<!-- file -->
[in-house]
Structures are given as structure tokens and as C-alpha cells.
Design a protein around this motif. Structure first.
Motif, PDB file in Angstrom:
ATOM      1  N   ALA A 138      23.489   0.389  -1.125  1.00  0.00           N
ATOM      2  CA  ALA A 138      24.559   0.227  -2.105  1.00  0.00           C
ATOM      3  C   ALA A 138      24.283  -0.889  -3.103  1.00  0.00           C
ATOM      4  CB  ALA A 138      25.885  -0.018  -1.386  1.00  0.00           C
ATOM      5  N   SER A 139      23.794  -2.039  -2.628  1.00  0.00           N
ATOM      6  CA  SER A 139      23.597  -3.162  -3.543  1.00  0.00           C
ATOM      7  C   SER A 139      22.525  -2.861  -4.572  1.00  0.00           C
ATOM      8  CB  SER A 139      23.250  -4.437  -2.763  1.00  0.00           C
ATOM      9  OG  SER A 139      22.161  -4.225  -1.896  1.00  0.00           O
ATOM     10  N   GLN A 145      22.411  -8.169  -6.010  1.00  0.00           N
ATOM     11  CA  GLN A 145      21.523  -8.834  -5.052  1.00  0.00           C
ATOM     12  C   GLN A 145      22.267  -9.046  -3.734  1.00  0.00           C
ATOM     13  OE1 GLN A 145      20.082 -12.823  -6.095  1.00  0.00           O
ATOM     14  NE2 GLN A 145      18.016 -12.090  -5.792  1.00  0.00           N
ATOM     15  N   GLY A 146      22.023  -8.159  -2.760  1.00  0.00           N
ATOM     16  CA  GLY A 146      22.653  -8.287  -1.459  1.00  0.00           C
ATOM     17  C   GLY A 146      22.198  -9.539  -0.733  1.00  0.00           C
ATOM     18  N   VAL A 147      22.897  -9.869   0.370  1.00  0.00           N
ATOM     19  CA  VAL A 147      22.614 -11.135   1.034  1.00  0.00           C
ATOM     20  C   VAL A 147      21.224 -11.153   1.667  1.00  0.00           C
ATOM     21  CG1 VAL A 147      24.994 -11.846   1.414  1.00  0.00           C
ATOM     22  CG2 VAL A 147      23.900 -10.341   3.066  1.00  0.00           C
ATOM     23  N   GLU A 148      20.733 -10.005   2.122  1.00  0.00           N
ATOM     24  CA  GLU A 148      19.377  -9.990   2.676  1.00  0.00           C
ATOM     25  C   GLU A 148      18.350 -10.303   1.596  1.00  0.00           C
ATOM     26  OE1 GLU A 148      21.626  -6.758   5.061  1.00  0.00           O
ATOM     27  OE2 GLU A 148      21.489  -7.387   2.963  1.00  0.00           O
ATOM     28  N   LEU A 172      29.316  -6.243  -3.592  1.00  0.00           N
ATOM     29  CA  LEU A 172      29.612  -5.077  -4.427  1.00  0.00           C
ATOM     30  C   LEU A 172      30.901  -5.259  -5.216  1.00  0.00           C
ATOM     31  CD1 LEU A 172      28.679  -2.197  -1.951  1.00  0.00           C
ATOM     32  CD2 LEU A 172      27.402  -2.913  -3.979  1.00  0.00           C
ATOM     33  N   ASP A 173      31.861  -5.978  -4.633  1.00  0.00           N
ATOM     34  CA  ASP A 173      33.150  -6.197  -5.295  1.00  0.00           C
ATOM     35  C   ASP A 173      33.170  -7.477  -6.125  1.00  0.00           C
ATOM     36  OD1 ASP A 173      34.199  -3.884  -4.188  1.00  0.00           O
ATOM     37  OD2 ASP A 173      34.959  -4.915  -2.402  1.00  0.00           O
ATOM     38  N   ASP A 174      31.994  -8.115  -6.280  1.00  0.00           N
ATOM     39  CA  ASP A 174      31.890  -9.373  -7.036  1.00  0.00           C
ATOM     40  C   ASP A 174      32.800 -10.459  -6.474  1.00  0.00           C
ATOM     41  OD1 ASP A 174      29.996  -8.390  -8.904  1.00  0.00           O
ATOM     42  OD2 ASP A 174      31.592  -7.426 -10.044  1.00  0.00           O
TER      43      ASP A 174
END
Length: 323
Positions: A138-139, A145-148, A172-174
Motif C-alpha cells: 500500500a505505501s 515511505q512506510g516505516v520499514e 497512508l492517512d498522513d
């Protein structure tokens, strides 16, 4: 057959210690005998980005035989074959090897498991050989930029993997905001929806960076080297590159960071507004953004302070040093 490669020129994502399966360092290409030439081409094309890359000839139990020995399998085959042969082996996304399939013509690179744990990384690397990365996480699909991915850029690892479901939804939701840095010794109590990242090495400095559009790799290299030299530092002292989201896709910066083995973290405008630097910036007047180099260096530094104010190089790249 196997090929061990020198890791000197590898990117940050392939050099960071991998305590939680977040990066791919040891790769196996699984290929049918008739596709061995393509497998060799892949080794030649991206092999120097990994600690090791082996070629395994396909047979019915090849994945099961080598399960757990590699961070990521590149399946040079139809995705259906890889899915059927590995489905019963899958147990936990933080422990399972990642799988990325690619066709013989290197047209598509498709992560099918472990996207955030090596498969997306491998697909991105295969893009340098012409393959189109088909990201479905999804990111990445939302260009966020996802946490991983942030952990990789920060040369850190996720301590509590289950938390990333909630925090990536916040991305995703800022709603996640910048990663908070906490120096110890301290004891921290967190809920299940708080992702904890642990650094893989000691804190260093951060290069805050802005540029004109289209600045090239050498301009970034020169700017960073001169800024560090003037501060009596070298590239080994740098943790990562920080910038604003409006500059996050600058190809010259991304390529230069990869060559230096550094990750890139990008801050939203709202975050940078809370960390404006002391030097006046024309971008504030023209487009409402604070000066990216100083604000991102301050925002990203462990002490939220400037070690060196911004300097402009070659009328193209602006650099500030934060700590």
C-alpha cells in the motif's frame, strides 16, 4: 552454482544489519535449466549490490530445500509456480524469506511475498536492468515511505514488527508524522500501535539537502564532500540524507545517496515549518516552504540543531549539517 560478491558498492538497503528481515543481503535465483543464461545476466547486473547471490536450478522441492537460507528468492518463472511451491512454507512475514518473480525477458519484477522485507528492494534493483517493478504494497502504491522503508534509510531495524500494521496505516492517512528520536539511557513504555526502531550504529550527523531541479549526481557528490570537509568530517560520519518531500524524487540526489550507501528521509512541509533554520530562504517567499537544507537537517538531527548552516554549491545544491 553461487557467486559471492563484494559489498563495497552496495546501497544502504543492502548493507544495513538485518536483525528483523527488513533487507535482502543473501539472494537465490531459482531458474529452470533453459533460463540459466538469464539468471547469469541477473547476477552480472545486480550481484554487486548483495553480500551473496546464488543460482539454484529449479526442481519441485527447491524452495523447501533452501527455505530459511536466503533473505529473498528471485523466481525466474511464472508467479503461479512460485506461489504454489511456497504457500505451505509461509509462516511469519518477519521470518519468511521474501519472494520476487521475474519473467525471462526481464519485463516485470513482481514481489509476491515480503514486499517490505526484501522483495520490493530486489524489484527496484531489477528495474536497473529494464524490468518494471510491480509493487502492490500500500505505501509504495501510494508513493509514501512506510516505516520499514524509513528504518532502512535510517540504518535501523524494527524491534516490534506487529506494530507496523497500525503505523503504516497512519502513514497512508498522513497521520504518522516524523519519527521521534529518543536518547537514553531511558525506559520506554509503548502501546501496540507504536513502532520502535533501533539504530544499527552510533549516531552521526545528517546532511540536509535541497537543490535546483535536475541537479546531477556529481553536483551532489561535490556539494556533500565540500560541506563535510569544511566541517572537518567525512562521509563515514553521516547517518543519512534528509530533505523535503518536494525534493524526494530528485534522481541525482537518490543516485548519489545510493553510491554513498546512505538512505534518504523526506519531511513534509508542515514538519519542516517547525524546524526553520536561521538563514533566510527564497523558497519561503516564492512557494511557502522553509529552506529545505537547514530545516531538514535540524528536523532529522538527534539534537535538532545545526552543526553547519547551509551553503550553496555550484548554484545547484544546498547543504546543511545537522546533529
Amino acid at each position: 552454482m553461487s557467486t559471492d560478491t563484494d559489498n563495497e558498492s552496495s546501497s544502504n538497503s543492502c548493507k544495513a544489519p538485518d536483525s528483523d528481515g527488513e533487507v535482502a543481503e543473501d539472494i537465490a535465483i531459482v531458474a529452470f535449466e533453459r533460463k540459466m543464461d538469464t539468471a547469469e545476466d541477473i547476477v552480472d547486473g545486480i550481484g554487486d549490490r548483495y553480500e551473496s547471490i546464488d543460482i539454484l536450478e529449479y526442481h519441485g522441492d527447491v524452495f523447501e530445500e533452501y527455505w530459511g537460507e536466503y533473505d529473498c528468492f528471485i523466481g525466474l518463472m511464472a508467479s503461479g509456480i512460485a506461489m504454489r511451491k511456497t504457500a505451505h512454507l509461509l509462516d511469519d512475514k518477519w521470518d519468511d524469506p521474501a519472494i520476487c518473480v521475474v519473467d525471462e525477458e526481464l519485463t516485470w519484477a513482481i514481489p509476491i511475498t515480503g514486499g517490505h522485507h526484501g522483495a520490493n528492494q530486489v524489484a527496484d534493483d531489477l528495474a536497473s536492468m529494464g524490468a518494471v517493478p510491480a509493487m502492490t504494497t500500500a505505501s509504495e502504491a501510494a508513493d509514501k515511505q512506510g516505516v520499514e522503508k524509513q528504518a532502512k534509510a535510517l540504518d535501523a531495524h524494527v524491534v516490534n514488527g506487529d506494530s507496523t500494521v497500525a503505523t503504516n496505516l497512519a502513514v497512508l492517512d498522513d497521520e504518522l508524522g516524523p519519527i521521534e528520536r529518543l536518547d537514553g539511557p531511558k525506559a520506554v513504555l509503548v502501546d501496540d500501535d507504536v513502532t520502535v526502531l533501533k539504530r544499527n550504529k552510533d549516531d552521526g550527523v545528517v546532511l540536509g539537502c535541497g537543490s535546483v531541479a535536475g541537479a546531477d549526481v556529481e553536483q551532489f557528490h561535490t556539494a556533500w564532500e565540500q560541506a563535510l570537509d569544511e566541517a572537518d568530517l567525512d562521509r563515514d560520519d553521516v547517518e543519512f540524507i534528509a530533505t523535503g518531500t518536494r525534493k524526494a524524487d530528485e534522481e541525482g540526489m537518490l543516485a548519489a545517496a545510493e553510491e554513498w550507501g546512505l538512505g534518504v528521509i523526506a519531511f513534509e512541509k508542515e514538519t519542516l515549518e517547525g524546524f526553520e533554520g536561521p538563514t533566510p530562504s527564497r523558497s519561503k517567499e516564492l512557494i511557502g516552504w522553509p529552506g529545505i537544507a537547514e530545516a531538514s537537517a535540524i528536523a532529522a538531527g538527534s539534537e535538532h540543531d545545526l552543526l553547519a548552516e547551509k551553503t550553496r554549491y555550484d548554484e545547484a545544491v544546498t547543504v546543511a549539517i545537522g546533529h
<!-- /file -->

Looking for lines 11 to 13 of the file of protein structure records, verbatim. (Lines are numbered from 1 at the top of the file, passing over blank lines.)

ATOM      7  C   SER A 139      22.525  -2.861  -4.572  1.00  0.00           C
ATOM      8  CB  SER A 139      23.250  -4.437  -2.763  1.00  0.00           C
ATOM      9  OG  SER A 139      22.161  -4.225  -1.896  1.00  0.00           O